Frank Zappa's son Dweezil Zappa has again been forced to change the name of his upcoming band and tour after receiving a cease and desist letter from the Zappa Family Trust, which owns and administers the recordings and rights to all of the late composer's work and is run by Dweezil's siblings Ahmet and Diva.
Dweezil announced in the spring that Zappa Plays Zappa, the band he's led for a decade, was being forced to perform its upcoming tour as Dweezil Zappa Plays Frank Zappa instead of the original moniker.
Dweezil will now tour simply under his given name, Dweezil Zappa.
In an act of defiance, though, Dweezil has dubbed the cuss-laden tour as 50 Years of Frank: Dweezil Zappa Plays Whatever the ... He Wants — the Cease and Desist Tour.
Dweezil has long had issues with the trust. Until her death in 2015, Gail Zappa had guarded her late husband's name and legacy from those who might profit off of his art, even if that person was her son.
After a recent rehearsal in North Hollywood with what was then called Dweezil Zappa Plays Frank Zappa, Dweezil said his only goal was to celebrate his father's work.
"What I've always done with Zappa Plays Zappa was to try to give people the opportunity to hear the music," he said. "It was really about putting the music at the forefront of everything. It was never about, 'Hey, let me do this thing that's going to showcase me.' If anybody's ever seen the show, they'll realize that it's not at all set up to be that way."
The new name change comes after Dweezil's attorneys received a letter on Thursday from the Family Trust's lawyers reminding them that it owns the Zappa Plays Zappa trademark and that until the parties reach a licensing agreement, Dweezil is not allowed to use either it or the longer moniker.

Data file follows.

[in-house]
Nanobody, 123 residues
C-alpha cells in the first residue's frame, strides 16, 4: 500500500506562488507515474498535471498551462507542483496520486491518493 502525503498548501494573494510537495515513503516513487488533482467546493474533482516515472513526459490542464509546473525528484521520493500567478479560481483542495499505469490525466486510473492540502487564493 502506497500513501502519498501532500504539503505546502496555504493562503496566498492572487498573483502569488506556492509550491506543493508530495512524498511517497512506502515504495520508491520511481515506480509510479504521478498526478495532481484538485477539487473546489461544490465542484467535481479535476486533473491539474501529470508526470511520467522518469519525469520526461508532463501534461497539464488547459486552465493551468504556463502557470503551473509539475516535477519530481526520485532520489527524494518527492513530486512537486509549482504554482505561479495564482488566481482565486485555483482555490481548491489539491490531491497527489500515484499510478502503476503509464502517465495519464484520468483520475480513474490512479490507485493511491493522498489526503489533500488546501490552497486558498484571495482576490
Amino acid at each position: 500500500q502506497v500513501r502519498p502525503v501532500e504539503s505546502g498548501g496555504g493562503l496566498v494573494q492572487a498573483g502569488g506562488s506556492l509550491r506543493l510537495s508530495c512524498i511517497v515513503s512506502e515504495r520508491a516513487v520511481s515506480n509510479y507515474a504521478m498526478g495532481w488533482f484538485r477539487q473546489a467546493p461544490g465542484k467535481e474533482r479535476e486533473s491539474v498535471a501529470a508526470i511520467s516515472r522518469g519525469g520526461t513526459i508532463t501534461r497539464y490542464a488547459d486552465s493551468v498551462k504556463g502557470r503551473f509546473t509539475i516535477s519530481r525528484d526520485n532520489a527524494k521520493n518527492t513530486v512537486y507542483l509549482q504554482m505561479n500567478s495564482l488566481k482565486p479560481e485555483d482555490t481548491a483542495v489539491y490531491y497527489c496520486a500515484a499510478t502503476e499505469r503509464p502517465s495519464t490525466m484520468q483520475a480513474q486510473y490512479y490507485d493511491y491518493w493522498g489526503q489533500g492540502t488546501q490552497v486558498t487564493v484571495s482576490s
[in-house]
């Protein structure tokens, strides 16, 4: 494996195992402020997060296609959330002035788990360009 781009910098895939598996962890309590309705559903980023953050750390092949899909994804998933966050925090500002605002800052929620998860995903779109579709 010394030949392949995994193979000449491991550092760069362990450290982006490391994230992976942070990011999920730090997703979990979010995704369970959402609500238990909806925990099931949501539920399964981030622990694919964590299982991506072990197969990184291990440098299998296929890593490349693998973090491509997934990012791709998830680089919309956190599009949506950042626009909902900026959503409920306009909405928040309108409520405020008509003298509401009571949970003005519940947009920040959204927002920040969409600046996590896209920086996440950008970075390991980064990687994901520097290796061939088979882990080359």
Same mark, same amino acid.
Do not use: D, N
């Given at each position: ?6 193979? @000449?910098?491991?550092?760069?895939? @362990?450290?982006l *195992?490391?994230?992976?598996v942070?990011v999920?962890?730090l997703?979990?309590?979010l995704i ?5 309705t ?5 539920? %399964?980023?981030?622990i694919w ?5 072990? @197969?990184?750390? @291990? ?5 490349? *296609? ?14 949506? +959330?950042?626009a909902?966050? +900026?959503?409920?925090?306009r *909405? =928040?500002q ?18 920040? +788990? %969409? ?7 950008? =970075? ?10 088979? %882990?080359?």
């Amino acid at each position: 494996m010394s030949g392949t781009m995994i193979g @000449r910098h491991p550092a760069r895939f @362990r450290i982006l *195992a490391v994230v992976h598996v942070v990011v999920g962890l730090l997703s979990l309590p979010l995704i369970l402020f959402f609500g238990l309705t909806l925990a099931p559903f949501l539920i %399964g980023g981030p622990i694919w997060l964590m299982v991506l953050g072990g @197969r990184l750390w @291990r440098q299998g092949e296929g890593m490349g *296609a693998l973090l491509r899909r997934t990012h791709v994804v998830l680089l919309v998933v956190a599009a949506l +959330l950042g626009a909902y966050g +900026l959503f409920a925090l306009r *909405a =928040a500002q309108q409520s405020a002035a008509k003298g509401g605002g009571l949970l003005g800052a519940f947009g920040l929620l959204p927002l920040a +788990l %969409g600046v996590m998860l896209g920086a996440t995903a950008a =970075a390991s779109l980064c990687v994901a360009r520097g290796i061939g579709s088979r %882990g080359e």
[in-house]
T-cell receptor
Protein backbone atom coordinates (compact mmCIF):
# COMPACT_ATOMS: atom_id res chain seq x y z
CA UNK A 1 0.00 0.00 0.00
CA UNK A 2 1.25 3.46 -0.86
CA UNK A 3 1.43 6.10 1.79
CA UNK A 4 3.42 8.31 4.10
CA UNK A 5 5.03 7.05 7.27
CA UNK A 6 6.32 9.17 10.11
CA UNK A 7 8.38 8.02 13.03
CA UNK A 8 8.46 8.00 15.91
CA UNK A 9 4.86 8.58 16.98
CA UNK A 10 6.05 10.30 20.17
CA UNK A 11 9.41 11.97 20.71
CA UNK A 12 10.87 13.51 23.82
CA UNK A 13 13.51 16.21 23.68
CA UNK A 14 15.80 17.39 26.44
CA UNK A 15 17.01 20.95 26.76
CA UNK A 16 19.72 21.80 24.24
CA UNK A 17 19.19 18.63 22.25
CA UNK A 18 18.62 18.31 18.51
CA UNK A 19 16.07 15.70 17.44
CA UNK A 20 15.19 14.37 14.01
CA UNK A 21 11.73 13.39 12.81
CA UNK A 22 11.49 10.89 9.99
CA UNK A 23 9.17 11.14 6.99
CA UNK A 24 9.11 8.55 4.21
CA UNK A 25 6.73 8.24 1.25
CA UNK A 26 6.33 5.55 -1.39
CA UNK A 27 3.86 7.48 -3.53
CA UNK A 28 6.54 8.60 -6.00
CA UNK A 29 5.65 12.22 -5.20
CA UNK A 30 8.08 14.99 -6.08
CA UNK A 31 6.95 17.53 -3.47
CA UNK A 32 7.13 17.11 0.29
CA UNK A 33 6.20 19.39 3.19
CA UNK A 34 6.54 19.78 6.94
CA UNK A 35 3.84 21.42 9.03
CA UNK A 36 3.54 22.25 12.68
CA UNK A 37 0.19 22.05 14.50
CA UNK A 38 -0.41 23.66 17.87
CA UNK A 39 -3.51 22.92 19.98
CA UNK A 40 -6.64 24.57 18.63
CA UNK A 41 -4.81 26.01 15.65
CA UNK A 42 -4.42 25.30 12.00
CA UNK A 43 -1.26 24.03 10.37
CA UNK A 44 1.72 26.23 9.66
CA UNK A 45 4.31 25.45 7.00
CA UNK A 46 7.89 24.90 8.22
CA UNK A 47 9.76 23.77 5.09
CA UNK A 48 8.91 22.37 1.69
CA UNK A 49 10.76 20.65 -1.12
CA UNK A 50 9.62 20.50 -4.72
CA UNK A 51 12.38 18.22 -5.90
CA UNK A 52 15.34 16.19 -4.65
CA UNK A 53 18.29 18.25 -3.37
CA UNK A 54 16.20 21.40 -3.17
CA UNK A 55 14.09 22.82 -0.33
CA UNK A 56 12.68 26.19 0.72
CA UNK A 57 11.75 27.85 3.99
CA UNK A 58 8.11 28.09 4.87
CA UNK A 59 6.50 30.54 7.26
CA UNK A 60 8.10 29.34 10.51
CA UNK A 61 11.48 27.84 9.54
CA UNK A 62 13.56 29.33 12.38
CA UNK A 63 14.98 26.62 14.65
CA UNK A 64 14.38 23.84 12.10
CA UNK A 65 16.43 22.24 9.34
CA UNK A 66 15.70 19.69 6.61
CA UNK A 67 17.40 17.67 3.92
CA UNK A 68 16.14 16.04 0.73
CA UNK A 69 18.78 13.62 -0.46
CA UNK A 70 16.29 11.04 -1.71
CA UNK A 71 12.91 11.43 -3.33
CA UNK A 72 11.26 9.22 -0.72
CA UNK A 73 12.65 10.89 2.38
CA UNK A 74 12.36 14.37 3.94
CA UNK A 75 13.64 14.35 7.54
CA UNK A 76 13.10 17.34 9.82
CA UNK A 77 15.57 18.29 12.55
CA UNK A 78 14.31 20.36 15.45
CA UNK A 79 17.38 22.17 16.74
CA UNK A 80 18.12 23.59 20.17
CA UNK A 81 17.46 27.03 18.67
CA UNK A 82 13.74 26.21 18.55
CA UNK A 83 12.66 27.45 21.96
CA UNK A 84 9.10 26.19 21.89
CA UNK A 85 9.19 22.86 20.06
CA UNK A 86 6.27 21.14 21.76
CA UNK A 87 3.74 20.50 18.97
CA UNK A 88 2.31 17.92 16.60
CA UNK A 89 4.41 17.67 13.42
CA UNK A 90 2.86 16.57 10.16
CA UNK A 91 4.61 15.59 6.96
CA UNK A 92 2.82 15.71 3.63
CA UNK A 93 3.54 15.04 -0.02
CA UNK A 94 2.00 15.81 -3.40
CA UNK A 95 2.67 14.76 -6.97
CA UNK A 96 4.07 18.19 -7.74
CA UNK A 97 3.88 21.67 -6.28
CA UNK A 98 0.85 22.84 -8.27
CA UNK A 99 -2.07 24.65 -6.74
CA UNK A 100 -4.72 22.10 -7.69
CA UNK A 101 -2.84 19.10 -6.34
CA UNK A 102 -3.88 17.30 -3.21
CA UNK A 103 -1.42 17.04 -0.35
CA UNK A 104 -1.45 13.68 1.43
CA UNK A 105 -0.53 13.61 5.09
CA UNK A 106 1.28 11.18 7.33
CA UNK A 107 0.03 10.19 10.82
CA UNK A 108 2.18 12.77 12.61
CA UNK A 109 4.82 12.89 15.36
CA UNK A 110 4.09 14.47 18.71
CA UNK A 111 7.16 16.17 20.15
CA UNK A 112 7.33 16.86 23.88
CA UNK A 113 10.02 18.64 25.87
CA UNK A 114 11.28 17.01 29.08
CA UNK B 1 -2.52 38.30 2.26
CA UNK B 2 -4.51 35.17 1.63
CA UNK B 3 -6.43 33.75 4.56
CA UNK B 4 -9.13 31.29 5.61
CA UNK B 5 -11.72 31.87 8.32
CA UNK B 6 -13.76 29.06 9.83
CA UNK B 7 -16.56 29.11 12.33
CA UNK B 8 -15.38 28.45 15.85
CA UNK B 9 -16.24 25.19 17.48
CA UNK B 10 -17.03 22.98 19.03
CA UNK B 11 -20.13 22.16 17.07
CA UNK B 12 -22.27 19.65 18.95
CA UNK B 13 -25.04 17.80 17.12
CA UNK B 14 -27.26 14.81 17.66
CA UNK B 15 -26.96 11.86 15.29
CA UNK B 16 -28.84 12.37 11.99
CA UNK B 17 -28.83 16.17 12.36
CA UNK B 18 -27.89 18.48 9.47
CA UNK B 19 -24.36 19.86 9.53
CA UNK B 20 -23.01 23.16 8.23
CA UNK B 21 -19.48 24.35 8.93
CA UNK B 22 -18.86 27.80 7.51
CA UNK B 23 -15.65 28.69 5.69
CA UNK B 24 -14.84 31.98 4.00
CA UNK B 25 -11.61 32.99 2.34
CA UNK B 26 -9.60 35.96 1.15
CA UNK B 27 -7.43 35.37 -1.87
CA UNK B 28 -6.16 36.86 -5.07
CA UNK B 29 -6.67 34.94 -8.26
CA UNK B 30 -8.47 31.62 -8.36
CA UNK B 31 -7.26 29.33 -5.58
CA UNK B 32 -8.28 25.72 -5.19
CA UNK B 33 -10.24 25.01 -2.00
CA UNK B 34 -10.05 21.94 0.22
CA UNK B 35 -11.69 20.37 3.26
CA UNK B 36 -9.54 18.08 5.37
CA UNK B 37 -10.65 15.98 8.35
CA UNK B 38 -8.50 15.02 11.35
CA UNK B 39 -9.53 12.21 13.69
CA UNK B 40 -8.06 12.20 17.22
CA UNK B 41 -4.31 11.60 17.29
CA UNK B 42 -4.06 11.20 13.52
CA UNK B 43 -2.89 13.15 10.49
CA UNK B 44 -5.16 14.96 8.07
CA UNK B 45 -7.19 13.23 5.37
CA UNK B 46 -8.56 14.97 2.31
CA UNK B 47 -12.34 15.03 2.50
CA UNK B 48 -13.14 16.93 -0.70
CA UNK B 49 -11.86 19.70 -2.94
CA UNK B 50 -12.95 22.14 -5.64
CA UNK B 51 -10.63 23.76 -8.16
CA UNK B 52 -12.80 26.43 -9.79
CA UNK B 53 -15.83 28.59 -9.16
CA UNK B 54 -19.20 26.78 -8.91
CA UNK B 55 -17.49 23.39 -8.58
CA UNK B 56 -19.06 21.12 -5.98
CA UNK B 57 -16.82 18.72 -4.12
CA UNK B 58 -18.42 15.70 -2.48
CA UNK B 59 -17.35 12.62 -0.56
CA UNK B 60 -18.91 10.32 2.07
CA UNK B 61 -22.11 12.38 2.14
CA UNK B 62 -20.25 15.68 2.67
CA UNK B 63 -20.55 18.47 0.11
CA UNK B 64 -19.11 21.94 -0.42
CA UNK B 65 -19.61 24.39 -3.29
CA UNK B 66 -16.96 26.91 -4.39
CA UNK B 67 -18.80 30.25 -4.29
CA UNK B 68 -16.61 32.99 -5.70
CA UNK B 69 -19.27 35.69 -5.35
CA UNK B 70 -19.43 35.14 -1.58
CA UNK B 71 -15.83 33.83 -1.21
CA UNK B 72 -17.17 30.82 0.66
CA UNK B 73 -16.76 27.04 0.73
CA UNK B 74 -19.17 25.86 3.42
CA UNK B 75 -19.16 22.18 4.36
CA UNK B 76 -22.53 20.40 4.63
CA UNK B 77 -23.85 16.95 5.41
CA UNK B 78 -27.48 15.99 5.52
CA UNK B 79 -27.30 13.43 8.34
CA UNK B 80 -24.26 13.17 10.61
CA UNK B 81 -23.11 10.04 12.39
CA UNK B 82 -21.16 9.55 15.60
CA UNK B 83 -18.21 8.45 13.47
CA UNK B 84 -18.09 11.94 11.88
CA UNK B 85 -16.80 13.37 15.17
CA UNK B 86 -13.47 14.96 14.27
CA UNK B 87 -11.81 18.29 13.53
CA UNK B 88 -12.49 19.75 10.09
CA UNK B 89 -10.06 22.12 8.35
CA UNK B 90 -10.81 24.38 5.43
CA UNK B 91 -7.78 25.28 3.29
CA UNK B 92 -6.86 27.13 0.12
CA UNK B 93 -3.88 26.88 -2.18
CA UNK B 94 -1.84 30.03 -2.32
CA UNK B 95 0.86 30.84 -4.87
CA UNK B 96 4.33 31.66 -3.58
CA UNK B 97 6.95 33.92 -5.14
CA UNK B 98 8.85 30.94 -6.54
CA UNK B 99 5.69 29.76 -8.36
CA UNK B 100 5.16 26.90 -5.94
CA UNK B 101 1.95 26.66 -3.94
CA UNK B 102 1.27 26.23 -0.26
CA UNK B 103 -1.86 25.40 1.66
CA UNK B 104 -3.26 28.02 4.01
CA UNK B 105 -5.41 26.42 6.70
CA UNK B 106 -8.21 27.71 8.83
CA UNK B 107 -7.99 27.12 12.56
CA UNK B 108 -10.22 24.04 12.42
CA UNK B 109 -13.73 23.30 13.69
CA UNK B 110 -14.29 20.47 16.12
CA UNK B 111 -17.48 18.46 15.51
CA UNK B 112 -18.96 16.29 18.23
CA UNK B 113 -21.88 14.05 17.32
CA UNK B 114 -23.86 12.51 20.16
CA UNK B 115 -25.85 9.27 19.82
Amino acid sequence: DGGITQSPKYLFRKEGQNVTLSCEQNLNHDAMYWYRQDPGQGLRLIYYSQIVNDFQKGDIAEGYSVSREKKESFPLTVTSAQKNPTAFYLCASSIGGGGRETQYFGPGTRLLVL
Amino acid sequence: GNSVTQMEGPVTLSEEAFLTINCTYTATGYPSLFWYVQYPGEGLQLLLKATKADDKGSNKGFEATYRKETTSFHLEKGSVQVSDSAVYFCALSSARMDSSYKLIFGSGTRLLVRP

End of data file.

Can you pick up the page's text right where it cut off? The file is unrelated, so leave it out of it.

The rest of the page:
"It remains our hope that these matters will be resolved and Dweezil may continue operating under the ZPZ marks," wrote Zappa Family Trust attorney Owen J. Sloane in the letter.
Zappa.com, the official online hub for all things Frank and family, no longer includes dates for Dweezil's upcoming summer tour.
Until recently, Dweezil could tour under the Zappa Plays Zappa name and keep the gate receipts but had to turn over to the trust all the profits from on-site merchandise sales. Dweezil has long disputed the terms of this arrangement, arguing that his work as Frank's musical ambassador should entitle him to a percentage of the merchandise money.
During a conversation in May at the Utility Muffin Research Kitchen — the name of Frank's recording studio at the family's longtime Laurel Canyon compound — Ahmet defended the trust's protecting of its trademark.
"I want nothing but the best for my brother," he said. "The part that hurts my feelings is I have no reason to stand in the way of my brother's success, my older sister's success, my younger sister's success as it relates to anything Zappa related. I have to do how the trust works. I'm not doing anything other than having to do what's in the trust."
The latest actions between the Zappa Family Trust and Dweezil come less than a year after Gail Zappa's death. The family matriarch ran the business of promoting and monetizing Frank's work and earned a reputation as a fierce advocate for both his art and the brand.
After Gail's death, the family put the compound on the market. It did so in an announcement, via Kickstarter, of an Alex Winter-directed documentary on Frank's legacy. The campaign raised more than $1.1 million and broke records in its category.
Another documentary, "Eat That Question: Frank Zappa in His Own Words," opens on June 24. It features vintage footage of Zappa both in conversation and in concert.
The trust recently finished emptying the Laurel Canyon home of its vast collection of art, musical instruments, recording equipment, archives and memorabilia. As of late May, the contents of the legendary Vault remained on site and intact, although those are slated to be moved to an off-site storage facility.
Dweezil Zappa's "50 Years of Frank: Dweezil Zappa Plays Whatever the ... He Wants — the Cease and Desist Tour," begins on July 1 in El Prado, N.M.